Berislav Zlokovic, M.D., Ph.D.

Director, Zilkha Neurogenetic Institute
Professor and Chair, Department of Physiology & Biophysics
Director, Center for Neurodegeneration & Regeneration
Zilkha Neurogenetic Institute
Keck School of Medicine of USC

Over the course of 20 years, Dr. Zlokovic has demonstrated that damage to the blood-brain barrier and microcirculation has a key role in the development of a neurodegenerative process in diseases such as Alzheimer’s disease and related neurodegenerative disorders. Collectively, he proposed that vascular-mediated neurodegeneration may underlie cognitive decline. These discoveries are of exceptional importance to understanding pathogenesis of neurodegenerative disorders and dementias, including Alzheimer’s disease. Besides academic interests, Zlokovic is co-founder with Mr. Selim K. Zilkha of three biotechnology companies with a mission to develop new therapies for the aging and damaged brain, including: ZZ (Zilkha-Zlokovic) Alztech, which focuses on development of new therapeutics and diagnostics for Alzheimer’s disease and manufacturing of a recombinant lipoprotein receptor for Alzheimer’s disease treatment; ZZ (Zilkha-Zlokovic), Biotech, which focuses on manufacturing recombinant secon-generation analog of activated protein C for stroke; Socratech L.L.C., which focuses on vascular genes and drug screening in Alzheimer’s disease.

Funded Research

Project Description Researchers Funding
PICALM Gene Therapy and Drug Screening for Abeta Clearance

PICALM is a highly validated genetic risk factor for Alzheimer’s disease (AD). Here, we report that PICALM reductions in AD and murine brain endothelium correlate with amyloid–beta (Abeta) pathology and cognitive impairment. Moreover, PICALM deficiency diminishes Abeta clearance across the murine blood–brain barrier (BBB) and accelerates Abeta pathology that is reversible by endothelial PICALM re–expression.

2015
$375,170
The Role of PICALM Mutations in Alzheimer’s Disease

Alzheimer’s disease (AD), the most common form of dementia in the elderly, is now the most expensive disease in the United States. The search for biological understanding of AD has expanded toward new risk factors, particularly genes. With the breakthrough of human genetics and high-throughput sequencing, PICALM, the gene encoding phosphatidylinositol binding clathrin assembly protein, has been identified as a new risk gene for AD.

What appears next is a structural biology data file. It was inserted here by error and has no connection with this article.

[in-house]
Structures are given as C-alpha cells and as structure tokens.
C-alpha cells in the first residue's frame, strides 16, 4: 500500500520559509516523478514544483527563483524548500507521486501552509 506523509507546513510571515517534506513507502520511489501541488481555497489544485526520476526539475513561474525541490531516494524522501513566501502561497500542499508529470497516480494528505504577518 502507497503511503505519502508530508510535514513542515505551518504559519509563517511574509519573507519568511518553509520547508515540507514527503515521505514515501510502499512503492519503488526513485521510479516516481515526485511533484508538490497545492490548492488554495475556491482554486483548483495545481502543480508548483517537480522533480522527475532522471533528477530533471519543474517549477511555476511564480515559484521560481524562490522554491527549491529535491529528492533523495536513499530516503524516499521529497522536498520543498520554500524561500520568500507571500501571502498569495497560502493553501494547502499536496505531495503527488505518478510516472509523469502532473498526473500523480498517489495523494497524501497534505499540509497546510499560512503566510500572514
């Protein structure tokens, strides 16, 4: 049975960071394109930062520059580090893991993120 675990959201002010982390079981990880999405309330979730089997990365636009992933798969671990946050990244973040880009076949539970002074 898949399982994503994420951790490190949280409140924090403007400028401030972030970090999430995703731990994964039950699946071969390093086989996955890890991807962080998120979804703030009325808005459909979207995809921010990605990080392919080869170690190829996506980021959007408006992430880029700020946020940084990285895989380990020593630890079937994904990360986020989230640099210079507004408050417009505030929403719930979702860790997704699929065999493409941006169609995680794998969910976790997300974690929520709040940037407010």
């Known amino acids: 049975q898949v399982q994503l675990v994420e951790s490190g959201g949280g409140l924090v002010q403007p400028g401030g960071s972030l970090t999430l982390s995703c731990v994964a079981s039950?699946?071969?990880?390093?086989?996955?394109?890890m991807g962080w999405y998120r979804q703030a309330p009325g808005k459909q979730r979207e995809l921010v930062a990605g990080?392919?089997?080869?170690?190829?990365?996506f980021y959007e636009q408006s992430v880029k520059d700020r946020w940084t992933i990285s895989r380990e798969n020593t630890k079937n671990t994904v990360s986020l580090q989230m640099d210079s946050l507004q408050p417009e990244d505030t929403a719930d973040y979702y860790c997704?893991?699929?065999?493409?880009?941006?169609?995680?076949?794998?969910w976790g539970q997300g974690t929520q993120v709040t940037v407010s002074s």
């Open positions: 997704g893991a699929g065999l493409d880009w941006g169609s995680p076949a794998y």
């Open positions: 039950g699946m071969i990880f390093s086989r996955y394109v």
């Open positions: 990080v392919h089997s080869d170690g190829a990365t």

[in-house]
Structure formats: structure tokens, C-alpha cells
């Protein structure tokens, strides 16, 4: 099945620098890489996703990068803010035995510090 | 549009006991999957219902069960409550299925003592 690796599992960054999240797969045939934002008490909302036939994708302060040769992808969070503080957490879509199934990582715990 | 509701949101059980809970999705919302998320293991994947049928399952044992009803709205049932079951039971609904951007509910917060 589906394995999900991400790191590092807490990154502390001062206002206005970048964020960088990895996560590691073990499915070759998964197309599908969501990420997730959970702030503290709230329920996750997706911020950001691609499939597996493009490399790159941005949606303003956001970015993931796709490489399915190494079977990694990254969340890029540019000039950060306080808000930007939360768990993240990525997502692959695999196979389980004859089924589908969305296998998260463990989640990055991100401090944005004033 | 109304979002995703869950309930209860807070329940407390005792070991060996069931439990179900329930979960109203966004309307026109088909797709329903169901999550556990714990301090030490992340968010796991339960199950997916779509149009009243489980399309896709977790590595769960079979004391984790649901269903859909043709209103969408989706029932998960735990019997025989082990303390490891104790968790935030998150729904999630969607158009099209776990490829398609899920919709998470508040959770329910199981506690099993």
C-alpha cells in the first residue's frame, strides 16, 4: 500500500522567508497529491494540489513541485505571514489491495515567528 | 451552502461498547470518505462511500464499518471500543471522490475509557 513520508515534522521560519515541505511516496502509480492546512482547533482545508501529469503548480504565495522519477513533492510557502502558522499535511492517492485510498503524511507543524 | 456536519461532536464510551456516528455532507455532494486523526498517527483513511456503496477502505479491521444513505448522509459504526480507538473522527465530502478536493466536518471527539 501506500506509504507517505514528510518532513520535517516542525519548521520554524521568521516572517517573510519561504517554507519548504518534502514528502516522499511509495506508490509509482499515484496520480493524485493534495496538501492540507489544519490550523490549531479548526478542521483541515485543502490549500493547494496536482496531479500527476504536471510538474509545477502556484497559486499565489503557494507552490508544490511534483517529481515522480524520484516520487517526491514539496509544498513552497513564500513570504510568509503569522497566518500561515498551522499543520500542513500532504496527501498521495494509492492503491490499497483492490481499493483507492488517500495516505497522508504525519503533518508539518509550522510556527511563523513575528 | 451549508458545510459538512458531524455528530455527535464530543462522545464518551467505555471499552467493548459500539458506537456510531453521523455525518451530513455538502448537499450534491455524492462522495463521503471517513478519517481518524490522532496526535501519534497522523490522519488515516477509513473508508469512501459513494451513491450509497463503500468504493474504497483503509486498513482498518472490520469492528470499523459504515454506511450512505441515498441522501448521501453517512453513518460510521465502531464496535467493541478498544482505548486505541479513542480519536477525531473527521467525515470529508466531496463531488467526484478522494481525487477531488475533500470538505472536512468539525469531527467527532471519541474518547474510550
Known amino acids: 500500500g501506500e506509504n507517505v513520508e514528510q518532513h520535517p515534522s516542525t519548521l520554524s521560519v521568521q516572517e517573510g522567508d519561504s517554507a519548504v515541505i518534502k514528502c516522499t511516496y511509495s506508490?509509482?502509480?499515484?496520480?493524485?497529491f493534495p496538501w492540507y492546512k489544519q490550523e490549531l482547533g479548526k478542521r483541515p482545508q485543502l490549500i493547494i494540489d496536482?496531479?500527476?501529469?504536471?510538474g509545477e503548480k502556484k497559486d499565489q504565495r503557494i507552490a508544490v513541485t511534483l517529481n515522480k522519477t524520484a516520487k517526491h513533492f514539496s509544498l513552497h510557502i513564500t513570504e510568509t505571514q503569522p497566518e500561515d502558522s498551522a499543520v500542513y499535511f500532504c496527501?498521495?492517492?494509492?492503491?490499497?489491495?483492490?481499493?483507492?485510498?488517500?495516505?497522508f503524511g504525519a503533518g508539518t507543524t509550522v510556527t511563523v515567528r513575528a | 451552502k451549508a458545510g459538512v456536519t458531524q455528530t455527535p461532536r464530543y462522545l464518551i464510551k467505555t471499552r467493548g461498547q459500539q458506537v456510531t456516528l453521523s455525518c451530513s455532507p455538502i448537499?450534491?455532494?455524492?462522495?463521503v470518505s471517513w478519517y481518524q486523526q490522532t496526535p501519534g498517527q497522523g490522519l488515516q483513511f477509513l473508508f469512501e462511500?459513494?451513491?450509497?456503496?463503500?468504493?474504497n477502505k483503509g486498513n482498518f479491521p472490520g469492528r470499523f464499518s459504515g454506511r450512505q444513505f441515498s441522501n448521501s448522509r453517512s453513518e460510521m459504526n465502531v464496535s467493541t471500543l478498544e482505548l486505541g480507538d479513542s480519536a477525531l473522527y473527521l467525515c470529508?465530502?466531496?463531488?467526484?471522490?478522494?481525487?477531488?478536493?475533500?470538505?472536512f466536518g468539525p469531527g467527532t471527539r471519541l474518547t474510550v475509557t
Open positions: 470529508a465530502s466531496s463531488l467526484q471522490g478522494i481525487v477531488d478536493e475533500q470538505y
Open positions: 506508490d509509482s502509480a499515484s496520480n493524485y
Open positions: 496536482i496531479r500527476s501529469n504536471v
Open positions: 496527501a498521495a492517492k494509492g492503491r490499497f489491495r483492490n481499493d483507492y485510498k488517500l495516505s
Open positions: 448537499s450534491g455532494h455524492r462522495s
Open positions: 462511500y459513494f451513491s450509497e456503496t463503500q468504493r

2015
$100,000
The role of PICALM in vascular clearance of amyloid-B and neuronal injury

PICALM, the gene encoding phosphatidylinositol binding clathrin assembly (PICALM) protein, plays a key role in endocytosis, a process which regulates the function of cell receptors and synaptic transmission. Several GWAS studies of AD have replicated the association of PICALM with AD and shown relationships with neurodegenerative processes underlying disease. Additionally, low levels of PICALM in brain and cerebral microvessels have been recently shown in late onset AD. The role of PICALM in AD pathogenesis remains, however, elusive.

2014
$250,000
The role of PICALM in vascular clearance of amyloid-β

PICALM, the gene encoding phosphatidylinositol binding clathrin assembly (picalm) protein, plays a key role in endocytosis, a process which regulates the function of cell receptors and synaptic transmission. PICALM is one of the most highly validated Alzheimer’s disease (AD) risk factors. Its role in AD, however, is unknown. A recent genome-wide screen for modifiers of amyloid-b peptide (Aβ) toxicity in yeast has identified the key role of the yeast homologue of PICALM.

2012
$100,000